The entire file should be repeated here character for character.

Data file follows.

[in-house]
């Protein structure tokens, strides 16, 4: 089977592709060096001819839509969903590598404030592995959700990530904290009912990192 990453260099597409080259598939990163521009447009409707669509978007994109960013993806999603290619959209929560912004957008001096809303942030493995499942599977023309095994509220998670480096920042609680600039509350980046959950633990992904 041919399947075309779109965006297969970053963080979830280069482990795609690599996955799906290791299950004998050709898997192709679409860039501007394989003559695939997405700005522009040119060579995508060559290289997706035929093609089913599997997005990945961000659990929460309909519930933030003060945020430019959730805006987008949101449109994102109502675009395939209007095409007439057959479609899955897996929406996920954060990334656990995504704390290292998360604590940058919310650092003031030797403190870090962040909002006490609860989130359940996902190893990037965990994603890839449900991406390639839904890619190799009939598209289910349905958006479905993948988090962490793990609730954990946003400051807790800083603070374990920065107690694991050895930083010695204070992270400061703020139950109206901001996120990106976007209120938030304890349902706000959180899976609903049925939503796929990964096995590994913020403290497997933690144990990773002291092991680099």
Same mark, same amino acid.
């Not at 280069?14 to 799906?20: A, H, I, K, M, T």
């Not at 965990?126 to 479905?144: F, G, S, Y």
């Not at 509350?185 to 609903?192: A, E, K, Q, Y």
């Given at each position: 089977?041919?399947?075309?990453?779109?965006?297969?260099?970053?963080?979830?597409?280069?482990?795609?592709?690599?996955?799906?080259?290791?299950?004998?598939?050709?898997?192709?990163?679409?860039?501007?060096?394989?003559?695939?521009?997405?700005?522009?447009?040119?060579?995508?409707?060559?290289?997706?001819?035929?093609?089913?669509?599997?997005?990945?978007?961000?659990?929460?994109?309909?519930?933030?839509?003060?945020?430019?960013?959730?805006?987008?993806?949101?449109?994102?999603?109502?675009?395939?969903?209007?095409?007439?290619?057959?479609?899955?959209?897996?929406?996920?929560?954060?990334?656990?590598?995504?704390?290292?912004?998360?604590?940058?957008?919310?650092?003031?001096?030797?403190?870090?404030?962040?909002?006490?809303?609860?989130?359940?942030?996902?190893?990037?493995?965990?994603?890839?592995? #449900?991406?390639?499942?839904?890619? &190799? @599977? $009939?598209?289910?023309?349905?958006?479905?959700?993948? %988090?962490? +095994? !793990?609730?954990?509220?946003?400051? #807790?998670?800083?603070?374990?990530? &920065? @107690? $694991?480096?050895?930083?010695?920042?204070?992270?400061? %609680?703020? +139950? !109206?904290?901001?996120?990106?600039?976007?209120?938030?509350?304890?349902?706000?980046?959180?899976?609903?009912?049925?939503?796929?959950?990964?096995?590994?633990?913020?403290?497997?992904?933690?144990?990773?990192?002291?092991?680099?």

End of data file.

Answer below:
[in-house]
């Protein structure tokens, strides 16, 4: 089977592709060096001819839509969903590598404030592995959700990530904290009912990192 990453260099597409080259598939990163521009447009409707669509978007994109960013993806999603290619959209929560912004957008001096809303942030493995499942599977023309095994509220998670480096920042609680600039509350980046959950633990992904 041919399947075309779109965006297969970053963080979830280069482990795609690599996955799906290791299950004998050709898997192709679409860039501007394989003559695939997405700005522009040119060579995508060559290289997706035929093609089913599997997005990945961000659990929460309909519930933030003060945020430019959730805006987008949101449109994102109502675009395939209007095409007439057959479609899955897996929406996920954060990334656990995504704390290292998360604590940058919310650092003031030797403190870090962040909002006490609860989130359940996902190893990037965990994603890839449900991406390639839904890619190799009939598209289910349905958006479905993948988090962490793990609730954990946003400051807790800083603070374990920065107690694991050895930083010695204070992270400061703020139950109206901001996120990106976007209120938030304890349902706000959180899976609903049925939503796929990964096995590994913020403290497997933690144990990773002291092991680099």
Same mark, same amino acid.
């Not at 280069?14 to 799906?20: A, H, I, K, M, T």
């Not at 965990?126 to 479905?144: F, G, S, Y």
């Not at 509350?185 to 609903?192: A, E, K, Q, Y």
């Given at each position: 089977?041919?399947?075309?990453?779109?965006?297969?260099?970053?963080?979830?597409?280069?482990?795609?592709?690599?996955?799906?080259?290791?299950?004998?598939?050709?898997?192709?990163?679409?860039?501007?060096?394989?003559?695939?521009?997405?700005?522009?447009?040119?060579?995508?409707?060559?290289?997706?001819?035929?093609?089913?669509?599997?997005?990945?978007?961000?659990?929460?994109?309909?519930?933030?839509?003060?945020?430019?960013?959730?805006?987008?993806?949101?449109?994102?999603?109502?675009?395939?969903?209007?095409?007439?290619?057959?479609?899955?959209?897996?929406?996920?929560?954060?990334?656990?590598?995504?704390?290292?912004?998360?604590?940058?957008?919310?650092?003031?001096?030797?403190?870090?404030?962040?909002?006490?809303?609860?989130?359940?942030?996902?190893?990037?493995?965990?994603?890839?592995? #449900?991406?390639?499942?839904?890619? &190799? @599977? $009939?598209?289910?023309?349905?958006?479905?959700?993948? %988090?962490? +095994? !793990?609730?954990?509220?946003?400051? #807790?998670?800083?603070?374990?990530? &920065? @107690? $694991?480096?050895?930083?010695?920042?204070?992270?400061? %609680?703020? +139950? !109206?904290?901001?996120?990106?600039?976007?209120?938030?509350?304890?349902?706000?980046?959180?899976?609903?009912?049925?939503?796929?959950?990964?096995?590994?633990?913020?403290?497997?992904?933690?144990?990773?990192?002291?092991?680099?």